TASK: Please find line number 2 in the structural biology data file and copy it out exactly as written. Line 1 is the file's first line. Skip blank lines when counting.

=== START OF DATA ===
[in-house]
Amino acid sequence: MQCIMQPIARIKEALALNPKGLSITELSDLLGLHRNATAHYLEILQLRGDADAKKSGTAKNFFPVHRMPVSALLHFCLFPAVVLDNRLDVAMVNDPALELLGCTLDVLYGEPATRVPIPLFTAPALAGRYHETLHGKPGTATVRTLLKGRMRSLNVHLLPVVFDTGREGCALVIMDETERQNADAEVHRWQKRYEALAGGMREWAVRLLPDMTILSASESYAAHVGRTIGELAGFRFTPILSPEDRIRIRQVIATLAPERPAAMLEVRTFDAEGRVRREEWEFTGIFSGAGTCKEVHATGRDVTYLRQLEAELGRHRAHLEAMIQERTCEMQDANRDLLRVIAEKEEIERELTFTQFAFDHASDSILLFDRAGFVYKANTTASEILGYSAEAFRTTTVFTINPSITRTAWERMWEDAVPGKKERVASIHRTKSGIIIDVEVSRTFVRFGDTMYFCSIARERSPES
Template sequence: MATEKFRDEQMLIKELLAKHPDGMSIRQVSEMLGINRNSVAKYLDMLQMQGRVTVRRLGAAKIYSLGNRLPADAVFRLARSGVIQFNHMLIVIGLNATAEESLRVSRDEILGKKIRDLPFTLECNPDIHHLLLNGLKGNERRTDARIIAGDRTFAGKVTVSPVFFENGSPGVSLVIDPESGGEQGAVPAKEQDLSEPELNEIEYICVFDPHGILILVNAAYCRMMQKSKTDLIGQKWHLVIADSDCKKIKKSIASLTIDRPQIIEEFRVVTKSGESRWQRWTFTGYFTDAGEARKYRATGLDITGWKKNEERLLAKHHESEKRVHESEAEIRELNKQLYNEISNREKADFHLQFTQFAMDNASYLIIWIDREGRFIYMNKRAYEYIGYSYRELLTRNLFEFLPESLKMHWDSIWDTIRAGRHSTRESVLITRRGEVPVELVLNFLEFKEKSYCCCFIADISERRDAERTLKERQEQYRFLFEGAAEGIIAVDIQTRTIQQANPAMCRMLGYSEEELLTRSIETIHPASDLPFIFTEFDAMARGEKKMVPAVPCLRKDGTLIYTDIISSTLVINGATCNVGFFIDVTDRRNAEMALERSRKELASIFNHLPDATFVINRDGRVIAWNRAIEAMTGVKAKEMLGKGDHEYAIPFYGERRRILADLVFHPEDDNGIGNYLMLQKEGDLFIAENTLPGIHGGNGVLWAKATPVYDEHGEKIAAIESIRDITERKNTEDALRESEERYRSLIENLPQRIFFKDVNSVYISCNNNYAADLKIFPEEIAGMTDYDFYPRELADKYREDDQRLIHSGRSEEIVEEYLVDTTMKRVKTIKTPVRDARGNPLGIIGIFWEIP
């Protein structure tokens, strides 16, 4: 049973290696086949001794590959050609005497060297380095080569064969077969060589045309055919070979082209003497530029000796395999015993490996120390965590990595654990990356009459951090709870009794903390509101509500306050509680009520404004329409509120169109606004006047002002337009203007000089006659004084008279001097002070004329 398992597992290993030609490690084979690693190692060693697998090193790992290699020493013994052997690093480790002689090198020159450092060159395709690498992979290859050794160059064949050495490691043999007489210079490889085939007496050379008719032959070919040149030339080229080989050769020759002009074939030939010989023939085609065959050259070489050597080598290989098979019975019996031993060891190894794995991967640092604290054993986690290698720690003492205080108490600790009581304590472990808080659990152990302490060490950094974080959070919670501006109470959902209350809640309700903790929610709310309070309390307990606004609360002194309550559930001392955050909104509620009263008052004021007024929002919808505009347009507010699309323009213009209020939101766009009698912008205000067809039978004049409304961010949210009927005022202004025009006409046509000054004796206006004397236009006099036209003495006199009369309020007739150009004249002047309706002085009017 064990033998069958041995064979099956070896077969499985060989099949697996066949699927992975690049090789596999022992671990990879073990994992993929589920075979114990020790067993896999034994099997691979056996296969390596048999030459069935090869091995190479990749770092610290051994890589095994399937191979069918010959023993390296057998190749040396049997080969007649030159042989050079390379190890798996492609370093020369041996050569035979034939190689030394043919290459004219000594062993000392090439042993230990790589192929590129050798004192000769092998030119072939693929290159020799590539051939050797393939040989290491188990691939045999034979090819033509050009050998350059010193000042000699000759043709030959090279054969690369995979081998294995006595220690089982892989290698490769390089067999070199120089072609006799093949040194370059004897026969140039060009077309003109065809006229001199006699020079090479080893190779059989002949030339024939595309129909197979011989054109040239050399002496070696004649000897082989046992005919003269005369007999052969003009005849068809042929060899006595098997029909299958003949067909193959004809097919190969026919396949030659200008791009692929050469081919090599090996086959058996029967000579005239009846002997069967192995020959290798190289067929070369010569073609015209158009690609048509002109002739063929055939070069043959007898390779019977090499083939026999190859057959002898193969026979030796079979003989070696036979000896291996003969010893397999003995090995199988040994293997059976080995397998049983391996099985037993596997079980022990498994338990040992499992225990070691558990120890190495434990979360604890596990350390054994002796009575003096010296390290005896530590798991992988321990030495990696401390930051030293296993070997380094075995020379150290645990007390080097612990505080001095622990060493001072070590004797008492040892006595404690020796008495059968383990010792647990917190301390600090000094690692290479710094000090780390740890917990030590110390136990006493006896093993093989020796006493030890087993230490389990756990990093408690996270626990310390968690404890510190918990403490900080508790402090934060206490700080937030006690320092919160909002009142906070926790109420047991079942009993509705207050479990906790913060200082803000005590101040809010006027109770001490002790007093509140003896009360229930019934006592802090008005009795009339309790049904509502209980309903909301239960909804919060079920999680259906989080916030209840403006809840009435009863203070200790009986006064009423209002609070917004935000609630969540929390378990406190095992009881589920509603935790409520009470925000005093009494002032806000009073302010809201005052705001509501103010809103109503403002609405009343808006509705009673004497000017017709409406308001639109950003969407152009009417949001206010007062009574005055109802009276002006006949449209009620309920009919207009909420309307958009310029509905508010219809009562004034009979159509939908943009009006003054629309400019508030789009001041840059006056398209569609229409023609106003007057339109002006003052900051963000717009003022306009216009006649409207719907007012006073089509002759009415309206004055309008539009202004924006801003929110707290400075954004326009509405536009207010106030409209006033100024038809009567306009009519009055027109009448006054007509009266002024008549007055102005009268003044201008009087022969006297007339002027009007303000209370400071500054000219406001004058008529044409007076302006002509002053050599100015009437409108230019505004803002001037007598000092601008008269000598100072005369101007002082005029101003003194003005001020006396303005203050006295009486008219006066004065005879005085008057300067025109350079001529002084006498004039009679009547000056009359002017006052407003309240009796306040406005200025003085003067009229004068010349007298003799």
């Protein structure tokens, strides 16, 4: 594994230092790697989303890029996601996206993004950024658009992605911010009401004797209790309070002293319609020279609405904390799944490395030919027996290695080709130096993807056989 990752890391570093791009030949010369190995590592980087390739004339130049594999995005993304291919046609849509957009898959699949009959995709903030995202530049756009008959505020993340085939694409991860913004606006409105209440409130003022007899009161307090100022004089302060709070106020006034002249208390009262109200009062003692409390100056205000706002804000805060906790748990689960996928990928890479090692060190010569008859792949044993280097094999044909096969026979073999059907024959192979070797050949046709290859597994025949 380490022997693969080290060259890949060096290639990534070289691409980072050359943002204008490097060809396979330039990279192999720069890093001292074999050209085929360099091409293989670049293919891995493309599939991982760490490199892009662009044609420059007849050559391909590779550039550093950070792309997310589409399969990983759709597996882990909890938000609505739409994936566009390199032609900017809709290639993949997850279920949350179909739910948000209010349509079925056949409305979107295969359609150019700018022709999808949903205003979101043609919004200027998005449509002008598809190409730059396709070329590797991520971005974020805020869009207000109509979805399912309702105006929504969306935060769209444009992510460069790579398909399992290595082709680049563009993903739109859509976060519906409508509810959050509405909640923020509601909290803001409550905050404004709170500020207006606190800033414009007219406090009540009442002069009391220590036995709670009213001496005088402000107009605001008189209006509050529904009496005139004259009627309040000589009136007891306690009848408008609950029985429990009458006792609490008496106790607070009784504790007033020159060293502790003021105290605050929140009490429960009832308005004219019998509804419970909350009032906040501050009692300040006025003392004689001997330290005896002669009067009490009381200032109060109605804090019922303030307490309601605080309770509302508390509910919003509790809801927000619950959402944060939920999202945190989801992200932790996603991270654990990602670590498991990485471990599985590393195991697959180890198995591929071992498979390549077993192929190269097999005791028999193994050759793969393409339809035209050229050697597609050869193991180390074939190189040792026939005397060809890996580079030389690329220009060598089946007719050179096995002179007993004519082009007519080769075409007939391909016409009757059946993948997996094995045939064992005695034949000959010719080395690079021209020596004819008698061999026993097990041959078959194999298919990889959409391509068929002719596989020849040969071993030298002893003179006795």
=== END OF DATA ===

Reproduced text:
Amino acid sequence: MQCIMQPIARIKEALALNPKGLSITELSDLLGLHRNATAHYLEILQLRGDADAKKSGTAKNFFPVHRMPVSALLHFCLFPAVVLDNRLDVAMVNDPALELLGCTLDVLYGEPATRVPIPLFTAPALAGRYHETLHGKPGTATVRTLLKGRMRSLNVHLLPVVFDTGREGCALVIMDETERQNADAEVHRWQKRYEALAGGMREWAVRLLPDMTILSASESYAAHVGRTIGELAGFRFTPILSPEDRIRIRQVIATLAPERPAAMLEVRTFDAEGRVRREEWEFTGIFSGAGTCKEVHATGRDVTYLRQLEAELGRHRAHLEAMIQERTCEMQDANRDLLRVIAEKEEIERELTFTQFAFDHASDSILLFDRAGFVYKANTTASEILGYSAEAFRTTTVFTINPSITRTAWERMWEDAVPGKKERVASIHRTKSGIIIDVEVSRTFVRFGDTMYFCSIARERSPES